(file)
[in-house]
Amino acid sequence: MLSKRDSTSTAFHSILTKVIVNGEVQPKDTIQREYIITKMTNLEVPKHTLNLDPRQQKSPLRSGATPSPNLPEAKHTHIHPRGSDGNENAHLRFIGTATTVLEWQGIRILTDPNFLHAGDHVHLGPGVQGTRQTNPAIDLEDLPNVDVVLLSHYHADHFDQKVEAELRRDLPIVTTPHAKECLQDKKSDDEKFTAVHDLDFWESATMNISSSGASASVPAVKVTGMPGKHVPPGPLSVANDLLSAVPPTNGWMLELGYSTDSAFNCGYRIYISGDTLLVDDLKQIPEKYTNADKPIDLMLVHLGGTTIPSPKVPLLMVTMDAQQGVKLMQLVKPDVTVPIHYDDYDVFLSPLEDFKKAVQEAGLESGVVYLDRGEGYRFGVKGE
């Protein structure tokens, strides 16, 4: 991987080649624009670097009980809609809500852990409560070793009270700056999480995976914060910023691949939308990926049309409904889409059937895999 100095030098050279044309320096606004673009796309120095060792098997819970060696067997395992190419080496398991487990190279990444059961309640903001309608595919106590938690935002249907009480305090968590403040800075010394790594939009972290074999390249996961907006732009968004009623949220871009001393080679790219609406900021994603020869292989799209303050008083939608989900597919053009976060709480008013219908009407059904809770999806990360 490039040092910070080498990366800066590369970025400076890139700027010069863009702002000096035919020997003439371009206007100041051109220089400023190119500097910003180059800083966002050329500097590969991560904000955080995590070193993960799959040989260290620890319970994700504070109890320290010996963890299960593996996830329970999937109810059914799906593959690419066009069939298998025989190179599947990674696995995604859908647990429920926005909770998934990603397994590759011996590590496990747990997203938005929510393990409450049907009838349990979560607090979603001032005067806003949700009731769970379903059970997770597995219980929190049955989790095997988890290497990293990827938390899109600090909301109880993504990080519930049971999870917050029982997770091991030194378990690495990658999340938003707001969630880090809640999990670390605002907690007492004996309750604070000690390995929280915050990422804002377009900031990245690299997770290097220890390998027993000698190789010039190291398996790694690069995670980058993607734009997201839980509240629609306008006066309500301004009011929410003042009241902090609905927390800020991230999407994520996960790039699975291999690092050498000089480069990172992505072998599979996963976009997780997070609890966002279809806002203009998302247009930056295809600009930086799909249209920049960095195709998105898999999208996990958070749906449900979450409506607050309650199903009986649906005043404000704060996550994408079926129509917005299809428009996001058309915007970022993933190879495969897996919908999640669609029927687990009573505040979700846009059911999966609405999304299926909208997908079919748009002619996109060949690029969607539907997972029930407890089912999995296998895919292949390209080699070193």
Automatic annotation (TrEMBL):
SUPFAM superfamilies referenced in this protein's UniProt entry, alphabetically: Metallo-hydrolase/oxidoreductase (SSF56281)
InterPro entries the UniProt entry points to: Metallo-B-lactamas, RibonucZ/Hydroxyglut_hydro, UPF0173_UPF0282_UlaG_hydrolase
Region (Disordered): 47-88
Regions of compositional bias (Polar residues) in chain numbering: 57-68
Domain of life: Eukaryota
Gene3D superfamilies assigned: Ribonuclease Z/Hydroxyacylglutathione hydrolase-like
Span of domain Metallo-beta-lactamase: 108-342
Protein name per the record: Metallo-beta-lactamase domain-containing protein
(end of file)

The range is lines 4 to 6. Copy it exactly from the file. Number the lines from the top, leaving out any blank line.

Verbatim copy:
Automatic annotation (TrEMBL):
SUPFAM superfamilies referenced in this protein's UniProt entry, alphabetically: Metallo-hydrolase/oxidoreductase (SSF56281)
InterPro entries the UniProt entry points to: Metallo-B-lactamas, RibonucZ/Hydroxyglut_hydro, UPF0173_UPF0282_UlaG_hydrolase